Des (deskitty) wrote,

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An example of why multiple inheritance can be a good thing

In one of my (Java) projects at work, we have an interface which represents the contents of a "savable window", which can be modified by the user, and where changes should be saved back to the underlying object when the user is done (usually indicated via an "OK" button).

The (vastly simplified) implementation looks like this:

/** Contains all the widgets, fields, etc. for a window.  It can be "saved" 
 * (i.e. asked to save user changes back to the model, and save the model to
 * disk) by calling its save() method. */
public interface Savable /* extends JPanel */ {
    public void save();

/** A toplevel window which contains a Savable.  It may also provide "OK"
 * and "Cancel" buttons, or perform boilerplate functionality such as prompt
 * the user to save if he/she tries to close the window when it has unsaved
 * data.  The boilerplate stuff is irrelevant for now, except to emphasize that
 * CMWindow is not a small class. */
public class CMWindow extends JFrame {
    private Savable _contents;

    public CMWindow(Savable s) {
        _contents = s;
        // Add "OK" and "Cancel" buttons, and the like

    public void save() {;

The CMWindow class has a lot of administrative code for things like, "You have unsaved changes. Do you want to save them before closing?". Objects implementing the Savable interface extend a base GUI class, generated by an automated tool, which contains and lays out all the GUI components for the window.

Suppose, for example, you have a Preferences class which implements Savable. Preferences is a GUI widget that contains various fields that display/edit application preferences. You would construct and show a window with those preferences by doing:

CMWindow win = new CMWindow(new Preferences());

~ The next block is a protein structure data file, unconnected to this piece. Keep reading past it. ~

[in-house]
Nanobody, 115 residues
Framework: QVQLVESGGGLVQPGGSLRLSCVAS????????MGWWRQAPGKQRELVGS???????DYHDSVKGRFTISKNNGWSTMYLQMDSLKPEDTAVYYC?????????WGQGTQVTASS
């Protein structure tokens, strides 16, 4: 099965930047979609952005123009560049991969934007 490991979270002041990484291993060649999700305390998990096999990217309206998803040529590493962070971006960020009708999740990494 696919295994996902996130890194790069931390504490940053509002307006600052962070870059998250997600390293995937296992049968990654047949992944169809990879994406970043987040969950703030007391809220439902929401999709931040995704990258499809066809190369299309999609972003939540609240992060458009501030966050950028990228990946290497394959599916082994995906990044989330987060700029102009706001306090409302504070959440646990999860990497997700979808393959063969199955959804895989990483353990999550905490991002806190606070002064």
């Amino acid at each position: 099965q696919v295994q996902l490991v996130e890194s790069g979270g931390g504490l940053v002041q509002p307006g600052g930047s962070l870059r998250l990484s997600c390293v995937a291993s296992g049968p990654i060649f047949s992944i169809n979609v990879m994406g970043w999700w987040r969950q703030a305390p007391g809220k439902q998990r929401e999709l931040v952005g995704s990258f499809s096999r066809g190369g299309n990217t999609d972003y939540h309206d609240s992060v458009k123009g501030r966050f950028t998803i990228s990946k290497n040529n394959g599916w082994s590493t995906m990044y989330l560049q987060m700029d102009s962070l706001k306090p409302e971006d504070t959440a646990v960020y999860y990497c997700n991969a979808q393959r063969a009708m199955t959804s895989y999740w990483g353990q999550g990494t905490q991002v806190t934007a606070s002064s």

The problem is this: I'd like to allow other parts of the program to receive an event (using Java's listener pattern) whenever a Savable is save()d.

In order to do this, I would have to do one of three things:
  1. Add the notification facility to CMWindow itself.

  2. Require everything that implements Savable to implement its own notification functionality.

  3. Make CMWindow.Savable be a class, and implement notification functionality there.

Option #1 isn't viable, without some major refactoring. I would have to find every place where a Savable calls save() on itself, and change it to call save() on its parent CMWindow. Even despite the refactoring, this is rather ugly. At the very least, I'm replacing save() with something like ((CMWindow)getTopLevelAncestor()).save().

Option #2 would be a pain, because it requires a lot of boilerplate code in each Savable. I would have to write my own EventListenerList-derived class that knows how to fire SaveEvents, then go through each Savable and add the appropriate methods (add/removeListener), add another field for the listener list, and manually fire the event.

Option #3 would work ... except one of the useful properties of Savable as an interface is the ability to embed implementations of it (which derive indirectly from JComponent) in other GUI widgets. I could preserve this ability by making Savable itself derive from JComponent, but then I would end up writing more boilerplate code to connect the GUI generated by the GUI tool with the Savable. This is better than #2, but any boilerplate code makes my hair curl.

I think you'll agree none of these solutions are optimal.

Were I doing this in C++ (or any language with multiple inheritance), I could just do the following:
  • Add the appropriate listener machinery to the Savable base class
  • Create a new pure virtual (or abstract) method in Savable called doSave(), realSave(), or something similar.
  • Rename the save() methods in all the Savable-derived classes to doSave().
  • Change to be a non-virtual (or final) method that calls doSave(), then fires the SaveEvent.

Were this option available, it would be by far the least invasive. The most I would have to do to my Savable-derived classes is rename a method, which is much safer than adjusting its implementation. If you screw up a rename, the compiler will usually catch it ("does not implement abstract method foo", or whatever), but if you accidentally miss one of the classes in an implementation change, or your change introduces a bug in one of them ... well, maybe the compiler will catch it, and maybe it won't.

Rather than risking one of the three feasible options this late in the game, I'm just special-casing it for the specific situations I need. It's sub-optimal (because I have to do it in a couple different places), but hey, it works. For now. :p

Edit: Cleaned up the sample code and changed a bit of wording to (hopefully) clarify the design.

-- Des
Tags: geeky, java, programming languages

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    Well, I'm off to Dreamwidth. I hope to see you all there! Nice knowing you, LJ. It's been grand. — Des

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